hand waterWhen you’re holding your mobile phone in one hand, you generally have a thumb on the front for scrolling, typing, and tapping, and four fingers clamped more or less uselessly around the edge.

But perhaps not for long.

As PatentBolt saw, Google has applied for a patent on touch control built into the back side of future Android-based phones and tablets, which means that you could turn the page of an ebook, flip to the next song, or pause a video just by tapping or swiping the back of your device.


That all sounds simple, but the challenge lies in distinguishing normal holding contact from intentional touches to control the device or app. Google’s technology will apparently ignore spurious contact and only react to intentional, sustained contact.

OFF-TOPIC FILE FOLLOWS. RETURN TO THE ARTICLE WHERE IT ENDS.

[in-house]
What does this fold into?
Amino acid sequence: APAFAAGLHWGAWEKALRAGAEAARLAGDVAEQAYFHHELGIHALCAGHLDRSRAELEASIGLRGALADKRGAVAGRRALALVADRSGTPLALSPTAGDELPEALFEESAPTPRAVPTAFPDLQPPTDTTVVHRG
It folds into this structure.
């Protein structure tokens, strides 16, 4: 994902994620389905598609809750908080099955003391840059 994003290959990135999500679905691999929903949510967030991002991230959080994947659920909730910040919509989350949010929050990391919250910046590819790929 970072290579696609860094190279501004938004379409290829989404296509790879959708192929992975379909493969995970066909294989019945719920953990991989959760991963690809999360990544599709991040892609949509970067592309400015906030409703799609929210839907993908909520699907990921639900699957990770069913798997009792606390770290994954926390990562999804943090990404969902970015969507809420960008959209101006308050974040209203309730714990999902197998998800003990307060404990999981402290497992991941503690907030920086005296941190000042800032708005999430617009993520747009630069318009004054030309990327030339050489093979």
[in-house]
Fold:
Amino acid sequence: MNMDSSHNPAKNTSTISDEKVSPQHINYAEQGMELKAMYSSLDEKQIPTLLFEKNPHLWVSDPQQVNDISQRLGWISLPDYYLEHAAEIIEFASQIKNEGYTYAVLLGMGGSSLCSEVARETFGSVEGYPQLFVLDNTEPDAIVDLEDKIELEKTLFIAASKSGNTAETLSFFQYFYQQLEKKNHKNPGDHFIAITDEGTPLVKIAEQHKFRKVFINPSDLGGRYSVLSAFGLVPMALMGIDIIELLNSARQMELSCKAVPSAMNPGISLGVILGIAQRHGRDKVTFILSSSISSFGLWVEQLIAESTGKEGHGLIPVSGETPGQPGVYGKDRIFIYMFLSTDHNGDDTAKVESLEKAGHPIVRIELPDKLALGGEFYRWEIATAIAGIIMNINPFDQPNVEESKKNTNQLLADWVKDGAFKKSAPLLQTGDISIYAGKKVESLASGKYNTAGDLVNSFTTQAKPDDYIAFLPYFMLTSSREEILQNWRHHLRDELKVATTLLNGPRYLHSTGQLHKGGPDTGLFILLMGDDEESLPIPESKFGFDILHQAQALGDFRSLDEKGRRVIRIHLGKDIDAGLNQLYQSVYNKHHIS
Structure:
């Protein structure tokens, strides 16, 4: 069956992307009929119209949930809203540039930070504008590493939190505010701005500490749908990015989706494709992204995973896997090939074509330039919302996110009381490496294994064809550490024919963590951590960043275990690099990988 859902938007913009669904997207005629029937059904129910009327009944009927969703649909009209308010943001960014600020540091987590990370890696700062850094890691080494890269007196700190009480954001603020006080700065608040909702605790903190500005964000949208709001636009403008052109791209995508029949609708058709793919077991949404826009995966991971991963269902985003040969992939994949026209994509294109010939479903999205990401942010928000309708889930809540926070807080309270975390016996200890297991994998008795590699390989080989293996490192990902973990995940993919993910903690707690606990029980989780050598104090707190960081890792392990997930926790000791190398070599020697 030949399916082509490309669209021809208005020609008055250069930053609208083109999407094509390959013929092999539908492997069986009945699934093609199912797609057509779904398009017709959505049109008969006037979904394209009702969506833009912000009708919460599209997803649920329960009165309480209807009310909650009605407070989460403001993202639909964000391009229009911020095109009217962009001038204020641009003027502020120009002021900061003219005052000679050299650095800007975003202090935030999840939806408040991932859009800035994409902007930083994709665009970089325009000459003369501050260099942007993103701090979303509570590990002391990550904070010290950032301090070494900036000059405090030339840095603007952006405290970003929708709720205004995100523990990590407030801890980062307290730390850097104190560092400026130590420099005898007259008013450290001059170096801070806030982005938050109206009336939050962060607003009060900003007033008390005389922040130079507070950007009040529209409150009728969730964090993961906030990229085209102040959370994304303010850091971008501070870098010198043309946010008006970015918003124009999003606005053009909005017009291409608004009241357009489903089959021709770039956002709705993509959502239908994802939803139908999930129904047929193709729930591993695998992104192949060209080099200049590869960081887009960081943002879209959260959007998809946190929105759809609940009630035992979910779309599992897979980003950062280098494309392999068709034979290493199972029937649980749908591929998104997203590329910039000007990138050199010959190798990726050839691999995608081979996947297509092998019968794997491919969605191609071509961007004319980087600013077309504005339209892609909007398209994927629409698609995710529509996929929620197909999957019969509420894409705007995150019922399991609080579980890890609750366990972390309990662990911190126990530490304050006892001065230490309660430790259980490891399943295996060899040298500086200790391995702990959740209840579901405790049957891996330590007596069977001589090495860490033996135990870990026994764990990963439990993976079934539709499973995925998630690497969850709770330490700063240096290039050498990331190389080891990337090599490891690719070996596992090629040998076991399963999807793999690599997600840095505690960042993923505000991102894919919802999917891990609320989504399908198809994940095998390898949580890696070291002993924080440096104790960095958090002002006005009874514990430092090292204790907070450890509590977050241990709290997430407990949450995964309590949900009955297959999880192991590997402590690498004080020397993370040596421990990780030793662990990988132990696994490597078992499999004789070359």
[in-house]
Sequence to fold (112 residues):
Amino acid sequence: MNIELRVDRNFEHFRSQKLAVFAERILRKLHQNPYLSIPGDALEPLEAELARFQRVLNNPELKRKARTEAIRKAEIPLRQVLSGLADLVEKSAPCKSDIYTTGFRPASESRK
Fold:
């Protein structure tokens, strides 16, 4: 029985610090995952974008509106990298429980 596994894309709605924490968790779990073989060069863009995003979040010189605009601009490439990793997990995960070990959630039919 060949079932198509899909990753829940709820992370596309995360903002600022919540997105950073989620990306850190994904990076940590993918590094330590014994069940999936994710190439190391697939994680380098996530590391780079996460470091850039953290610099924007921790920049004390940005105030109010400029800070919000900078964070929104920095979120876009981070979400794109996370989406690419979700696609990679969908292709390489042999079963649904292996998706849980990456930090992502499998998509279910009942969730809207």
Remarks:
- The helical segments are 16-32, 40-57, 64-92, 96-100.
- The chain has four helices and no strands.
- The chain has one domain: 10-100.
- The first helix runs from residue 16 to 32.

Ars Technica notes¬†that¬†Apple also filed a patent for touch controls on the back of a device back in 2006. In Apple’s case, the device in question is an iPad, but no shipping device using this technology has yet seen the light of day.